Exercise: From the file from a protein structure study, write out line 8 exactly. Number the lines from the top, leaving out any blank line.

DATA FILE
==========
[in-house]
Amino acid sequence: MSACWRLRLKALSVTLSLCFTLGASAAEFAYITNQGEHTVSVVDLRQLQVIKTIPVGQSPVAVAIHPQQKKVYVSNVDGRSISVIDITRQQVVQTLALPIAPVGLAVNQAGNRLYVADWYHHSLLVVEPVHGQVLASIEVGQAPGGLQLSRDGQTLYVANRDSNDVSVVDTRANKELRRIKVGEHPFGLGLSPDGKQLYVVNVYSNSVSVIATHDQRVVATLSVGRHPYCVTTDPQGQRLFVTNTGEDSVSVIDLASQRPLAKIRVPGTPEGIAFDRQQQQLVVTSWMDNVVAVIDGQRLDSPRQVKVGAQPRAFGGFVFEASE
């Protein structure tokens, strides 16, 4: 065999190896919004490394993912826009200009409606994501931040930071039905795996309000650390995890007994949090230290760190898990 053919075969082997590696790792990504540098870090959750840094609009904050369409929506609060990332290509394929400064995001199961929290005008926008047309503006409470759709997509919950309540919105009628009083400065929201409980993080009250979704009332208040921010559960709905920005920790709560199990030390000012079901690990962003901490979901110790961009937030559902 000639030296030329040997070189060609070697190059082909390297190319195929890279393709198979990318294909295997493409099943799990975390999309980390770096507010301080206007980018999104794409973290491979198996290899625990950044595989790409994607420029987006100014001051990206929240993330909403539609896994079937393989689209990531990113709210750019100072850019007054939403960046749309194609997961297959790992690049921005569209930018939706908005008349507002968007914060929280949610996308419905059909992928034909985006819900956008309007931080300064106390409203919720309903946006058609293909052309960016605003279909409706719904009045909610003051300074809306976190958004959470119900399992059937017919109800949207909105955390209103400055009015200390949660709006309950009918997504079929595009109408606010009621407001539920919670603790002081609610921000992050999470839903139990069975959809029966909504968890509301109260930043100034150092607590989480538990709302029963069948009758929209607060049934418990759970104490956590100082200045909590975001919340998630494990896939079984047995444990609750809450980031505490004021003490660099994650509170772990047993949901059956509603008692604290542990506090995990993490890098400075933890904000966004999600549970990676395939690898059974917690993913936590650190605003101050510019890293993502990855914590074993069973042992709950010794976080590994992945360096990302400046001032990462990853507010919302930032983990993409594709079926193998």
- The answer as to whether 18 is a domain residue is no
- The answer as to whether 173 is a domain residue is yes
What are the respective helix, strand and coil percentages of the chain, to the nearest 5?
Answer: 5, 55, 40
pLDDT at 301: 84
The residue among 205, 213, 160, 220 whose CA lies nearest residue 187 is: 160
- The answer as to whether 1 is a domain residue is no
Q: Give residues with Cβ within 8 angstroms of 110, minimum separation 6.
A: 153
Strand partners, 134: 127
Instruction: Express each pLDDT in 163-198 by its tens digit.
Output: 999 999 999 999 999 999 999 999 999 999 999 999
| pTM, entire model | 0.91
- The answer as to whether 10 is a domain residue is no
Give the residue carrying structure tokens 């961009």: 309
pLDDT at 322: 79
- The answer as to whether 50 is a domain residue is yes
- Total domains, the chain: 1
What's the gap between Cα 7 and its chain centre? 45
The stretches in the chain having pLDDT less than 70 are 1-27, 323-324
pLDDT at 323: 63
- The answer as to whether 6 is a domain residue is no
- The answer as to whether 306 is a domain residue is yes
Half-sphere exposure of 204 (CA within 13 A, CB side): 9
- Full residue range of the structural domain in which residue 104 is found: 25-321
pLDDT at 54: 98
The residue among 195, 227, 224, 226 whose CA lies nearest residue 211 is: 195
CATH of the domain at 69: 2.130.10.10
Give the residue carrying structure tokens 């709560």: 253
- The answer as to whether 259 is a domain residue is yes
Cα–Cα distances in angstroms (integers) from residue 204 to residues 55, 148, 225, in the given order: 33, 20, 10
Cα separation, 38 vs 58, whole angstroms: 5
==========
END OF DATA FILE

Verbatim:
pLDDT at 301: 84